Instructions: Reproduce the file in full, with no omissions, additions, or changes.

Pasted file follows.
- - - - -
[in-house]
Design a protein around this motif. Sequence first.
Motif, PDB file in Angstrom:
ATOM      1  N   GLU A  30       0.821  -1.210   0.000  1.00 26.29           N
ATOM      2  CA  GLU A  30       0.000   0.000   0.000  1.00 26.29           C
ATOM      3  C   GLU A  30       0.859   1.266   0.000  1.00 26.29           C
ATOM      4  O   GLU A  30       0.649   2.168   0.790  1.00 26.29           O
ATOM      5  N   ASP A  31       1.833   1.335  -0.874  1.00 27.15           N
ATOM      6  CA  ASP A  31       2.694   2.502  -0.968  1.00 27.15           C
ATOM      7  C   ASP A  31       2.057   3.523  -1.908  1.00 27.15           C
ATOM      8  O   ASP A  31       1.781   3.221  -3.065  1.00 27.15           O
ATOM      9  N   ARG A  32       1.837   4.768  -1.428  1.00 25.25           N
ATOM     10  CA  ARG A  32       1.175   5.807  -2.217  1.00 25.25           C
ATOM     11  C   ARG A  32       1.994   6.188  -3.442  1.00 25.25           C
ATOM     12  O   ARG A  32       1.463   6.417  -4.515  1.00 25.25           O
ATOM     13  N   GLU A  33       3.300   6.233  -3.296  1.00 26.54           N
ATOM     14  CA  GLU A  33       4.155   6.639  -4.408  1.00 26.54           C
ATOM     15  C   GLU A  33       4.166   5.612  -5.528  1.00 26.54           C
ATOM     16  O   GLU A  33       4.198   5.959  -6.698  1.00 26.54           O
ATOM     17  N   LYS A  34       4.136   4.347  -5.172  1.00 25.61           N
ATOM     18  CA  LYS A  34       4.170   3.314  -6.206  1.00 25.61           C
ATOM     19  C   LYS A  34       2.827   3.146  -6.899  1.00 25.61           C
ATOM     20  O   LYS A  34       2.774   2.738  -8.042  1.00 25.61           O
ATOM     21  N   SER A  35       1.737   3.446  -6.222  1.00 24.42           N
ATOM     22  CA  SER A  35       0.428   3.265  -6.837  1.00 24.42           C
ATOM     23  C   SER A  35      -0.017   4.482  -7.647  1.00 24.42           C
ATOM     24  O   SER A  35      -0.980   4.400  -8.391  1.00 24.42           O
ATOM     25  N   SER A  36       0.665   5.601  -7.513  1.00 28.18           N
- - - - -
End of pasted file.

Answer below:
[in-house]
Design a protein around this motif. Sequence first.
Motif, PDB file in Angstrom:
ATOM      1  N   GLU A  30       0.821  -1.210   0.000  1.00 26.29           N
ATOM      2  CA  GLU A  30       0.000   0.000   0.000  1.00 26.29           C
ATOM      3  C   GLU A  30       0.859   1.266   0.000  1.00 26.29           C
ATOM      4  O   GLU A  30       0.649   2.168   0.790  1.00 26.29           O
ATOM      5  N   ASP A  31       1.833   1.335  -0.874  1.00 27.15           N
ATOM      6  CA  ASP A  31       2.694   2.502  -0.968  1.00 27.15           C
ATOM      7  C   ASP A  31       2.057   3.523  -1.908  1.00 27.15           C
ATOM      8  O   ASP A  31       1.781   3.221  -3.065  1.00 27.15           O
ATOM      9  N   ARG A  32       1.837   4.768  -1.428  1.00 25.25           N
ATOM     10  CA  ARG A  32       1.175   5.807  -2.217  1.00 25.25           C
ATOM     11  C   ARG A  32       1.994   6.188  -3.442  1.00 25.25           C
ATOM     12  O   ARG A  32       1.463   6.417  -4.515  1.00 25.25           O
ATOM     13  N   GLU A  33       3.300   6.233  -3.296  1.00 26.54           N
ATOM     14  CA  GLU A  33       4.155   6.639  -4.408  1.00 26.54           C
ATOM     15  C   GLU A  33       4.166   5.612  -5.528  1.00 26.54           C
ATOM     16  O   GLU A  33       4.198   5.959  -6.698  1.00 26.54           O
ATOM     17  N   LYS A  34       4.136   4.347  -5.172  1.00 25.61           N
ATOM     18  CA  LYS A  34       4.170   3.314  -6.206  1.00 25.61           C
ATOM     19  C   LYS A  34       2.827   3.146  -6.899  1.00 25.61           C
ATOM     20  O   LYS A  34       2.774   2.738  -8.042  1.00 25.61           O
ATOM     21  N   SER A  35       1.737   3.446  -6.222  1.00 24.42           N
ATOM     22  CA  SER A  35       0.428   3.265  -6.837  1.00 24.42           C
ATOM     23  C   SER A  35      -0.017   4.482  -7.647  1.00 24.42           C
ATOM     24  O   SER A  35      -0.980   4.400  -8.391  1.00 24.42           O
ATOM     25  N   SER A  36       0.665   5.601  -7.513  1.00 28.18           N